Putting it all together
Gross Domestic Product is important in Microsoft company because it shows the final worth of the products and services in a certain limited geographical area. It serves the purpose of estimating Microsoft’s output or production of the economy. It enables Microsoft to know the actual size of the economy. Gross domestic product growth rate enables Microsoft to identify their growth in the economy. Gross domestic product per capita has a close connection with the change in living standards in due time (Coyle, 2015).
Gross domestic product is important in Microsoft because it gives the company’s policy makers the opportunity to identify whether the economy is growing and expanding or diminishing. As shared by (Coyle, 2015), it gives the company an opportunity to identify whether it should put in more money or hold it back and if there are threats that associate with inflation, Microsoft is prepared. It also allows the policy makers the ability to analyze some impacts that affect Microsoft directly such as fiscal policy. It also enables Microsoft have detailed information on possible threat the company might face. (Microsoft 2016 Annual Report)
Prime rate is important in Microsoft company because it will help them analyze and determine whether they are worthy of getting credit from commercial banks at a favorable low interest rate. Microsoft is a big company and its success over the years has proved that it would not default loans. Microsoft would also require some credit for purposes of improving the company or producing more innovative products. Prime rate will thus be helpful when they invest in Bing or Xbox or other plans Microsoft has for the company (Feenstra, 2015).
Gross national product shades some light on Microsoft concerning the progress of other areas in the economy. It helps Microsoft have an oversight of the state of the economy. It shows Microsoft how the economy of the nation has been progressing. Whether it was doing well or performing poorly. This would help the company make wise decisions concerning the future of the company and the directions it would take (Cohn, 2015).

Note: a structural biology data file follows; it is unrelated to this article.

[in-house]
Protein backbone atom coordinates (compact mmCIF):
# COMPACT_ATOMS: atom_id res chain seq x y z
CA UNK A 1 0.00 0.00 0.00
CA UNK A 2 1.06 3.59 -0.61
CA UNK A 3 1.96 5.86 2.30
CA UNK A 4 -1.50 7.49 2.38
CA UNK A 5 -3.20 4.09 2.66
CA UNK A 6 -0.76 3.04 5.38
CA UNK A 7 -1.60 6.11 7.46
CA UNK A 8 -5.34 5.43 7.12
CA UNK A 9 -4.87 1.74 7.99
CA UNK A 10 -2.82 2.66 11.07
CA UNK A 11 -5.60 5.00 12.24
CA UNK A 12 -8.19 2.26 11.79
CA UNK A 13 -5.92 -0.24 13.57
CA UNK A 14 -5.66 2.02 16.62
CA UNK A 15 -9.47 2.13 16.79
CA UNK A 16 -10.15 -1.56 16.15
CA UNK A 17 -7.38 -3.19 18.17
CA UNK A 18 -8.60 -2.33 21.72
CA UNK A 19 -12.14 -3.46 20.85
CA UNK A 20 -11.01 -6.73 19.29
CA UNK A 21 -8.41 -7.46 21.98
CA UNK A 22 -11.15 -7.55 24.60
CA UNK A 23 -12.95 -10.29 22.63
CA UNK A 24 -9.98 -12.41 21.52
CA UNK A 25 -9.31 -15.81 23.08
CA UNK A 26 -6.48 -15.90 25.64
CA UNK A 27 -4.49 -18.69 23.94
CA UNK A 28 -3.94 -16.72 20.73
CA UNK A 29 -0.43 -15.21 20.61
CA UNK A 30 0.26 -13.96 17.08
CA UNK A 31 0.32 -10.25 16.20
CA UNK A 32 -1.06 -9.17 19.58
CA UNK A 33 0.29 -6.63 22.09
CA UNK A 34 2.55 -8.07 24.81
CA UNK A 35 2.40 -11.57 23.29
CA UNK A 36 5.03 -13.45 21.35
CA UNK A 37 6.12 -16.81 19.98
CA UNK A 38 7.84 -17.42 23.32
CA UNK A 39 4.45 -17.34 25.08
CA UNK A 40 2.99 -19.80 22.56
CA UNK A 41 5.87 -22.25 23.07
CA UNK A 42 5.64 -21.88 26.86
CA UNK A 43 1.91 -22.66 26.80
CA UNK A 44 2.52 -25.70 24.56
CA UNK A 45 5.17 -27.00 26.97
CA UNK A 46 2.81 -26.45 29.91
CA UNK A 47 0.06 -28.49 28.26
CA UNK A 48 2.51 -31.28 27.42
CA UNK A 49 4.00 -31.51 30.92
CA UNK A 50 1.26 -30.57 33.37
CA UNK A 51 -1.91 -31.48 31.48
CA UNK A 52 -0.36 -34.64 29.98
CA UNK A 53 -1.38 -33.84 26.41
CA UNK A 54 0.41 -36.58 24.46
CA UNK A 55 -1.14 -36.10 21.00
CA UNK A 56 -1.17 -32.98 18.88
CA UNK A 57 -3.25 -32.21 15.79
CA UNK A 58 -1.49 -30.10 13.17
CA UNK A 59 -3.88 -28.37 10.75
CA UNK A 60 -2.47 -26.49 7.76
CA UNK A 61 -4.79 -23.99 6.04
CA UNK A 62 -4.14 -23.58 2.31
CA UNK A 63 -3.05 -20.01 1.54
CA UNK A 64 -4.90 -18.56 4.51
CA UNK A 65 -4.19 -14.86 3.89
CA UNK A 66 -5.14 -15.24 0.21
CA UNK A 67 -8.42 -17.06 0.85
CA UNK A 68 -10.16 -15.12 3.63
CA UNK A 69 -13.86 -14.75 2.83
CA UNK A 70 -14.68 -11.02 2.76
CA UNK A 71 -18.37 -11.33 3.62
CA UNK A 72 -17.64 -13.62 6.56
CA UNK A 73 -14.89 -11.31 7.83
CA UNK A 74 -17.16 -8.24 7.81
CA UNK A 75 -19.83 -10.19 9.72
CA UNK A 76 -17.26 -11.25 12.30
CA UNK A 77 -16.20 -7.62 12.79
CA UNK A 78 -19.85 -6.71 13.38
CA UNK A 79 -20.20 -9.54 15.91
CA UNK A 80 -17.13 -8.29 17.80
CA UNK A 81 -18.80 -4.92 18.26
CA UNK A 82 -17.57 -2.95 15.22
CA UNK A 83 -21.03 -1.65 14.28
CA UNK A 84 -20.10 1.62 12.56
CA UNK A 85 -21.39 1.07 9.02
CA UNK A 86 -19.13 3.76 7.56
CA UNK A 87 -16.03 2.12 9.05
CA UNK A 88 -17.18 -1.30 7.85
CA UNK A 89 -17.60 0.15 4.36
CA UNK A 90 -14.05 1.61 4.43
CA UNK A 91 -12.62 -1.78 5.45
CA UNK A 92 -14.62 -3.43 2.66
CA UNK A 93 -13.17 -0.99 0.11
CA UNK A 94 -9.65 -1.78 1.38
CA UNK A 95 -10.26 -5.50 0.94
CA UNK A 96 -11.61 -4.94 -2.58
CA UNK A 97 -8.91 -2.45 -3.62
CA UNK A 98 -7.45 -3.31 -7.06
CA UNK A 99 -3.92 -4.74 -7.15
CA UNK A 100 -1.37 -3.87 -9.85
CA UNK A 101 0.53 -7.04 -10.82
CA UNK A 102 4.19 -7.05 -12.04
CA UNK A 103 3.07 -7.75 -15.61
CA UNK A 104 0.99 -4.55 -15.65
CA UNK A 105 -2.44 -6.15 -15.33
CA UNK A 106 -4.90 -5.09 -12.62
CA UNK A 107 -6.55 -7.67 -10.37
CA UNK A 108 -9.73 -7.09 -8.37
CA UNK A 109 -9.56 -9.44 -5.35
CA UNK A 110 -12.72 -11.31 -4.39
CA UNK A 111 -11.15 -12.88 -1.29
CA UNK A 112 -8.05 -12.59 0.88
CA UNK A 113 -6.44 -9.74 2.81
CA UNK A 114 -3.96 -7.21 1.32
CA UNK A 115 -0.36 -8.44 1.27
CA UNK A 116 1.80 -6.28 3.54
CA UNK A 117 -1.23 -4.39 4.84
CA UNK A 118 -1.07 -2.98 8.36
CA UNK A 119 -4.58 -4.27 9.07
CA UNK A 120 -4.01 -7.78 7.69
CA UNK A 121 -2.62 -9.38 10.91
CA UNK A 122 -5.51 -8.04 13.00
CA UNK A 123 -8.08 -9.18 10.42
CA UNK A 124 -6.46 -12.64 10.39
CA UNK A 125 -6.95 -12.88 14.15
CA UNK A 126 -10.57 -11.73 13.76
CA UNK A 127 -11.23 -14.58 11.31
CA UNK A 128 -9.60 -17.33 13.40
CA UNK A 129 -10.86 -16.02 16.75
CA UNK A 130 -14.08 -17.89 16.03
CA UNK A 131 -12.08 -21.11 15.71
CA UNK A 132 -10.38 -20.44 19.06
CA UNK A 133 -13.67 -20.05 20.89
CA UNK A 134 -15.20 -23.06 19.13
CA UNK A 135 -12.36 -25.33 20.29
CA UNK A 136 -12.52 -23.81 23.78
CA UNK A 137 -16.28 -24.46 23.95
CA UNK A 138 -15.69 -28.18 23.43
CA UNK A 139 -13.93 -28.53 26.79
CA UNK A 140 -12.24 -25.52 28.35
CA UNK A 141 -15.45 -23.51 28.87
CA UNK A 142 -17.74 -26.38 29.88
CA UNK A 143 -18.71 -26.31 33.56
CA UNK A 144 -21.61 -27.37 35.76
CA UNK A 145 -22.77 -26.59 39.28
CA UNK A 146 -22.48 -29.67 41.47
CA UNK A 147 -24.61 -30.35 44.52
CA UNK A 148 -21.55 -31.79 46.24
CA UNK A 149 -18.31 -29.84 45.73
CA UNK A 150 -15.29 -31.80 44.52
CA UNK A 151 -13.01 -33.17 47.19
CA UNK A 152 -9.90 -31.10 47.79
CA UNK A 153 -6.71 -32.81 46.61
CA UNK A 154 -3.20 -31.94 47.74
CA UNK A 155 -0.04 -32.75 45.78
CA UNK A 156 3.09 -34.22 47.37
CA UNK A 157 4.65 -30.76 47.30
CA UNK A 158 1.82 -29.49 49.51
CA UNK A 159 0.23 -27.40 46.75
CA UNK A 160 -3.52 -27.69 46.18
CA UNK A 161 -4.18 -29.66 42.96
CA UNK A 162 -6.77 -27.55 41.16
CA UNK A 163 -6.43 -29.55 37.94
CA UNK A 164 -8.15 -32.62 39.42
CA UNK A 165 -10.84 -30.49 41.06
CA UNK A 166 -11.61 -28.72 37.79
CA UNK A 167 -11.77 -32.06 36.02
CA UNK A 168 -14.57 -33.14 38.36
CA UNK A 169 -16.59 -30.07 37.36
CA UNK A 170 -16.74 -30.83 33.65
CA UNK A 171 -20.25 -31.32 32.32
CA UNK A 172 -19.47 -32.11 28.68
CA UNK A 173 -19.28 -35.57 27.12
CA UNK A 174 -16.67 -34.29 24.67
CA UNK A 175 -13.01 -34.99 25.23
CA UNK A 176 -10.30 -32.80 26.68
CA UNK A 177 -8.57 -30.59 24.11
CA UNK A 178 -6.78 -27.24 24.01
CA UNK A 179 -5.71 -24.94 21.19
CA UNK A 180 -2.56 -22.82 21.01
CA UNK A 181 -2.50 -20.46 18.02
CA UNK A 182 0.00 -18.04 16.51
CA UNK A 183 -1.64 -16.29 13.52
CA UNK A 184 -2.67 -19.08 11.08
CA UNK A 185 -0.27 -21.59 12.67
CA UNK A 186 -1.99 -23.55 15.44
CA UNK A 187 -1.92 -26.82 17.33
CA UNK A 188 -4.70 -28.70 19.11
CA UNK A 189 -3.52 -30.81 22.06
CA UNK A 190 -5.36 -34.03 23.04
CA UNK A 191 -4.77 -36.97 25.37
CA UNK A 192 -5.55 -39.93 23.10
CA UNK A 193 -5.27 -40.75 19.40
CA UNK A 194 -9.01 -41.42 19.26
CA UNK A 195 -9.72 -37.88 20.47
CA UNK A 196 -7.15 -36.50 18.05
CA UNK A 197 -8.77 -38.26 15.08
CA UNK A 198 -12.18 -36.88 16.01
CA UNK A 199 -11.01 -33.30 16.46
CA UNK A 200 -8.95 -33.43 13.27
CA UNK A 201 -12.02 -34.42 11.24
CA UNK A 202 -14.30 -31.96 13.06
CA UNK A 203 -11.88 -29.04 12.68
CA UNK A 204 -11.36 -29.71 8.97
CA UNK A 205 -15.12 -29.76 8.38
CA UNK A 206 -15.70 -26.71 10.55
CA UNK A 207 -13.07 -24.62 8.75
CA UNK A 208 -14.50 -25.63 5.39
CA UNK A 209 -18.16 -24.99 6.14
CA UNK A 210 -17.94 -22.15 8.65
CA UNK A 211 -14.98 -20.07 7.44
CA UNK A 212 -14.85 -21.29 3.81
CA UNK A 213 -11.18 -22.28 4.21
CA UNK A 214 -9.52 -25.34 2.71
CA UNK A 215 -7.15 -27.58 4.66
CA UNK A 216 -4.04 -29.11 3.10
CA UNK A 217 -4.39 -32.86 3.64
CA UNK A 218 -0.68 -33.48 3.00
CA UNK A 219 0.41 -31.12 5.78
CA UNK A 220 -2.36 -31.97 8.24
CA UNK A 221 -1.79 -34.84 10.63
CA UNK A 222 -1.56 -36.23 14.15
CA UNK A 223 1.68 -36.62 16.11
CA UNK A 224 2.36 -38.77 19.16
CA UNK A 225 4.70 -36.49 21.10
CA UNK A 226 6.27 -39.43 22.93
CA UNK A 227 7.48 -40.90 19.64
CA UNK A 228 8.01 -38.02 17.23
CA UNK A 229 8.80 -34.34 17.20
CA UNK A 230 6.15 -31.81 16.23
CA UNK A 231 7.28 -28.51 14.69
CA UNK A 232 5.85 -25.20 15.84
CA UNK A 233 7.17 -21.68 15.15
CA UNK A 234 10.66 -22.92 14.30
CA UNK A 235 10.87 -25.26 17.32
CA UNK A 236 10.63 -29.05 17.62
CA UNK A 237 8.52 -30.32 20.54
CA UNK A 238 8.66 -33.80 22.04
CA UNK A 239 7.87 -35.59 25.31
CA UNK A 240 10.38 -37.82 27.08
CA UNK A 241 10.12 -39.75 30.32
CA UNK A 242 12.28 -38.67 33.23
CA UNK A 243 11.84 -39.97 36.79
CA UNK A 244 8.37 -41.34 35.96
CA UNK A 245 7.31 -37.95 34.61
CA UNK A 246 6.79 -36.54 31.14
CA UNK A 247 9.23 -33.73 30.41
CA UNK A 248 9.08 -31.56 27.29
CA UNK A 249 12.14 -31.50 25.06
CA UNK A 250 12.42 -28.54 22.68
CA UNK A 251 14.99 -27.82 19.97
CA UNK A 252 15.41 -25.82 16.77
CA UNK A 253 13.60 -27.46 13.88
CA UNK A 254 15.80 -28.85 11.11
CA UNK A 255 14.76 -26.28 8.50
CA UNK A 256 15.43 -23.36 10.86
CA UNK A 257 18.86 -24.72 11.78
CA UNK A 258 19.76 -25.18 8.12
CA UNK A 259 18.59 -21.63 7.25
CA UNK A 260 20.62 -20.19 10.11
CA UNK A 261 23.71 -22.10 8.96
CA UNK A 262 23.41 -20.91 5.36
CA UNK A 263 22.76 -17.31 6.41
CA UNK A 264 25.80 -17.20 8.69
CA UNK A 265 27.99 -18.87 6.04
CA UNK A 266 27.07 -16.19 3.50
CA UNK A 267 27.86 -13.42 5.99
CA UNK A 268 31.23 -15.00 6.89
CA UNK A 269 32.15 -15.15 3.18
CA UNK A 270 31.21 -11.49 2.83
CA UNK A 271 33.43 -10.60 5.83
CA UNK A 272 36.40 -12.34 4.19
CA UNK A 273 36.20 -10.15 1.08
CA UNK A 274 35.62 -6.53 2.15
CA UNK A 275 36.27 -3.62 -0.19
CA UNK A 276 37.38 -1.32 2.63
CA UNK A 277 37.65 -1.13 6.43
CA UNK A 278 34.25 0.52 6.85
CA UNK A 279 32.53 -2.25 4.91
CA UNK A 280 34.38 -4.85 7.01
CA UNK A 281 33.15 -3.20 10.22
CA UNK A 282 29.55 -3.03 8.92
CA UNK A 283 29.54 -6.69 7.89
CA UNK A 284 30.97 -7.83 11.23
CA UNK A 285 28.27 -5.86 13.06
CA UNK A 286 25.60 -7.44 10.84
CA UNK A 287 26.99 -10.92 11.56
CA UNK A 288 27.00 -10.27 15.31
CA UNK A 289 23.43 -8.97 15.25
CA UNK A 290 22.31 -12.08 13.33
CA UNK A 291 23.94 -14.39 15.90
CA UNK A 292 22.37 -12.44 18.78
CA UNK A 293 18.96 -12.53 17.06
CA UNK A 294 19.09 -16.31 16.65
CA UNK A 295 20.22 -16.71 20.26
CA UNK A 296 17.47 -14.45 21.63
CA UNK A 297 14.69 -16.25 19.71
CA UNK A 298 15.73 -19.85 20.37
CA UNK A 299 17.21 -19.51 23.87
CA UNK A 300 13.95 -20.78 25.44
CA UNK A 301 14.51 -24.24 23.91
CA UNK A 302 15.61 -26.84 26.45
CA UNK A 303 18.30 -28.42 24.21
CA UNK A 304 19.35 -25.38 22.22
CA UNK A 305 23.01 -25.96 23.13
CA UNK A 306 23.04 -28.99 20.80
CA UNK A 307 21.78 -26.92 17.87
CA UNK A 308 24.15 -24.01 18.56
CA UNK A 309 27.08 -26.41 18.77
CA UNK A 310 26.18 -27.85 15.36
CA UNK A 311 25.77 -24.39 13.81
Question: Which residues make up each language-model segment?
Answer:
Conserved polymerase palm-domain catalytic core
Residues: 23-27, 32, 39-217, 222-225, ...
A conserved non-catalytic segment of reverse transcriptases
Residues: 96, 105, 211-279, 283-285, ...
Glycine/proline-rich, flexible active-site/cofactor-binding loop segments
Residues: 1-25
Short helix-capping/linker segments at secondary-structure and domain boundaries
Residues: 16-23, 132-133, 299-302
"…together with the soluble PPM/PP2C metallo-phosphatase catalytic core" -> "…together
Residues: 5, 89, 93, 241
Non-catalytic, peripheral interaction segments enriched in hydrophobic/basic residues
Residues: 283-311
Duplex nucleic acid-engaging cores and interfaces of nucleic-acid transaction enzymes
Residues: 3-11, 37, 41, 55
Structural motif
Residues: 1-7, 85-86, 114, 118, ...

Gross national product is relevant in Microsoft because it helps in comparing the Economy of other countries. It also provides Microsoft with information on how they would save, invest or consume. It thus helps the policy makers by guiding them through with the policies they should implement concerning investments or saving. Gross national product is relevant in Microsoft because it would assist in providing information concerning wealth distribution. (Feenstra, 2015) also shares that it gathers information by checking the income of the other sectors of production and the total output in a nation. It would also shed light on whether the wealth distributed is equal or unequal.
Microsoft would have its economic problems solved with the use of gross national products especially with challenges like inflation, poverty or deflation. Gross national products would also help Microsoft have the know concerning the rate it has with the economic growth. It provides Microsoft with the current rates of growth with those of the past. It identifies whether there is an increase or decrease in the rates. Gross national product will assist Microsoft in sharing information concerning employment. It identifies the areas that are mostly occupied and vacant.
Gross national product is relevant in Microsoft because it would highlight the source and the money spent by the company in a certain country and if any help regarding that is needed, foreign aid will be given to them. According to (Valdez & Molyneux, 2015), It guides the economic planners in order to come up with policies that well framed and thought out. It also gives Microsoft information on how the government can support their production (Valdez & Molyneux, 2015).
Microsoft 2016 Annual Report. (n.d.). Retrieved April 07, 2017, from https://www.microsoft.com/investor/reports/ar16/index.html
Cohn, T. (2015). Global political economy. Routledge.
Valdez, S., & Molyneux, P. (2015). An introduction to global financial markets. Palgrave
Coyle, D. (2015). GDP: A Brief but Affectionate History (Revised and Expanded
Edition). Economics Books, 1.
Feenstra, R. C. (2015). Advanced international trade: theory and evidence. Princeton